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Posts Tagged ‘dentist’

This one is not for the faint of heart or sensitive of stomach – it’s the story of the modern electric chair.

Southwick 1

On this day in 1890, the first execution by electric chair was carried out on convicted murderer William Kemmler at Auburn Prison in New York. But we want to begin the story nearly a decade earlier. In 1881, dentist Alfred Southwick witnessed the accidental death by electrocution of a drunk man who touched an electric generator (some sources state he was not a direct witness). Southwick, observing that the man’s death seemed instantaneous and painless, concludes that electrocution would be a more humane method of execution than the common method of hanging. He proposes the idea of an electric chair and campaigns for its use. He serves on a committee to explore the available methods of execution and contributes to the passage of the January 1, 1889, New York state law that legalized electrocution as a method of capital punishment. Southwick was present at Kemmler’s execution and continued to promote the methods, despite the fact that the initial electrocution did not kill him and a second jolt after a delay to allow the generator to recover was needed, during which Kemmler’s body reportedly burned and bled.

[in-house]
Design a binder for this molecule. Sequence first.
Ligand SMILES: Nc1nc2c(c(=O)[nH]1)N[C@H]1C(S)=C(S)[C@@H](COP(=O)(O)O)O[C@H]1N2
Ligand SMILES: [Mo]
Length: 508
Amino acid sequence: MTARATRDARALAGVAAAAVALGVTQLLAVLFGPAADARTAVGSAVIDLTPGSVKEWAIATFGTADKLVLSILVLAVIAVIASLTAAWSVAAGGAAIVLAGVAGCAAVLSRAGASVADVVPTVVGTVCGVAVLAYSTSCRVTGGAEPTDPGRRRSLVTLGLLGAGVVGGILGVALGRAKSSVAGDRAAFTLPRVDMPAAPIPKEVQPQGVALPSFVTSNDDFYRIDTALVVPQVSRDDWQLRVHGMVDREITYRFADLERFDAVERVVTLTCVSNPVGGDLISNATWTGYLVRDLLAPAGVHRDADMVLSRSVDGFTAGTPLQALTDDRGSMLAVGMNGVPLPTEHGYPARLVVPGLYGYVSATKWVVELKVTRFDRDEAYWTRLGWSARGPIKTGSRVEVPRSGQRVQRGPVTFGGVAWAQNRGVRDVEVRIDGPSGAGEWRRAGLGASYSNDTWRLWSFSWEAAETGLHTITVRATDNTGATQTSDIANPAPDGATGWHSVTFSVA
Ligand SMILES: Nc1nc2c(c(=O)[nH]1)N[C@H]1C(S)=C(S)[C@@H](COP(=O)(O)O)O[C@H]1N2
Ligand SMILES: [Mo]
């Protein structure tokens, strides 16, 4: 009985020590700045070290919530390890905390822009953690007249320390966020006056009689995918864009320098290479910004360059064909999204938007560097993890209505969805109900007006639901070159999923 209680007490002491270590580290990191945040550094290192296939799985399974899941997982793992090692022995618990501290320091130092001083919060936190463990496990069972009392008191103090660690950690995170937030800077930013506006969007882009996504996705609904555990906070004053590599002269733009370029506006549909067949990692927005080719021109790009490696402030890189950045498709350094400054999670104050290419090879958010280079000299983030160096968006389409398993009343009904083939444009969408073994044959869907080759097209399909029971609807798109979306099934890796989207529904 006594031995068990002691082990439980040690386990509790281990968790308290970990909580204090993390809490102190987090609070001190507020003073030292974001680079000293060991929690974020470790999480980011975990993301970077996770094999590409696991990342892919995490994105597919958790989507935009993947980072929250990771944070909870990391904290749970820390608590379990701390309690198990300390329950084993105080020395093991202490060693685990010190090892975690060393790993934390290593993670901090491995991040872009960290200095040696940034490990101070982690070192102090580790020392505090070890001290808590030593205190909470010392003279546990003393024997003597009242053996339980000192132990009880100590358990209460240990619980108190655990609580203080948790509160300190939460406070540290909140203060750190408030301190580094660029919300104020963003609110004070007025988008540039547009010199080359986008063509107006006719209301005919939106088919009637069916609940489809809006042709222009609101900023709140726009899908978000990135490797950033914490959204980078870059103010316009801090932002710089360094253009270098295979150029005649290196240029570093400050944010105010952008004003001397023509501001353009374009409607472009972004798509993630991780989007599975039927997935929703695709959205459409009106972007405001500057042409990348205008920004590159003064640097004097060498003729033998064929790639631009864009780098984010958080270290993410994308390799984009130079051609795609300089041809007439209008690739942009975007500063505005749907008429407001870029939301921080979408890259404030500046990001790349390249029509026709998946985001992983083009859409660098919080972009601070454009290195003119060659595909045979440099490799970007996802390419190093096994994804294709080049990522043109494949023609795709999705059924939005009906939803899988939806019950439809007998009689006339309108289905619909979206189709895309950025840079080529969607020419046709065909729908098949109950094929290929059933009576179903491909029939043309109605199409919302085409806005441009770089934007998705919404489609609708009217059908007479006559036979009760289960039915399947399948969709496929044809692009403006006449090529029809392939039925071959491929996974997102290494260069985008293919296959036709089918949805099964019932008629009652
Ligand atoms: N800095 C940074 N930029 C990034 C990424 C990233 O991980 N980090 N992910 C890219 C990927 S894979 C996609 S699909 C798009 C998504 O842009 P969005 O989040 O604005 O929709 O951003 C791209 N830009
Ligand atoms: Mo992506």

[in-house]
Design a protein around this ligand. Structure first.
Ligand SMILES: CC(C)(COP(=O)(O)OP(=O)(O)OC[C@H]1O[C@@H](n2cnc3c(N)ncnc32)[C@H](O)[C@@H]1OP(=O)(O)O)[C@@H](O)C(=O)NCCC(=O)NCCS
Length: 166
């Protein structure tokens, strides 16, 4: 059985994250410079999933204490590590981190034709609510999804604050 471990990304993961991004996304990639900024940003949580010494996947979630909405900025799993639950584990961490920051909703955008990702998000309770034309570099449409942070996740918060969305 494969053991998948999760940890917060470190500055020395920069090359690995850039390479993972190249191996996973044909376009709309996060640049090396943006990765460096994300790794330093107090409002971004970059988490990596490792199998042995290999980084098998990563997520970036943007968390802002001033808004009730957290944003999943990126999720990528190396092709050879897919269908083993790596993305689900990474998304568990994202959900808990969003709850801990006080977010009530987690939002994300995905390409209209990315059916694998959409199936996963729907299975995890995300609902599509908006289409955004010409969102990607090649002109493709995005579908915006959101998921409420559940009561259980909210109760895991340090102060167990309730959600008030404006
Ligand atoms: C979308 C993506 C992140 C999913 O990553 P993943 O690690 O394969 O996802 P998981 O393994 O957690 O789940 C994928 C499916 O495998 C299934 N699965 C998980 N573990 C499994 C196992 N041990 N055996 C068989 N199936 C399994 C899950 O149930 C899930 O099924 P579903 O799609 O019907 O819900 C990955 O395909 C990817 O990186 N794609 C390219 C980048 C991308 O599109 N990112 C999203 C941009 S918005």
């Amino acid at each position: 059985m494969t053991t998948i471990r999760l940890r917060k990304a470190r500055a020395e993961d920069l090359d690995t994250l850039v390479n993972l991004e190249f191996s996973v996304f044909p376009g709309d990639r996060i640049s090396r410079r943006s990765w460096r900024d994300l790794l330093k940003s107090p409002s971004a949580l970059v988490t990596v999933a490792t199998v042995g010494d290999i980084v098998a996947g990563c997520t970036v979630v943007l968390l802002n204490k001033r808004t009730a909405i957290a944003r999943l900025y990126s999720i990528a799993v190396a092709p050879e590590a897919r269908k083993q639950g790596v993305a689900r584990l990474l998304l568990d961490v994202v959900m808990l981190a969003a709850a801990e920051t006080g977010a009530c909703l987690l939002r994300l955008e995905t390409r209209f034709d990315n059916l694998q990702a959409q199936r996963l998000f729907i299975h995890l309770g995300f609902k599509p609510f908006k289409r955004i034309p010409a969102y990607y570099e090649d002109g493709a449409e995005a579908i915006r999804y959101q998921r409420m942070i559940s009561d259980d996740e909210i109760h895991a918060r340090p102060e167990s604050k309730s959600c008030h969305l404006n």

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Cassel

In today’s edition of things I never knew, we have the Dental Corps. Both the Army and Navy had a Dental Corps by World War I, formally established by an Act of Congress in 1911 and 1912, respectively.  This was not done out of altruism, but as a response to the need for a system of dental care for soldiers that had plagued the military since the Revolutionary War.

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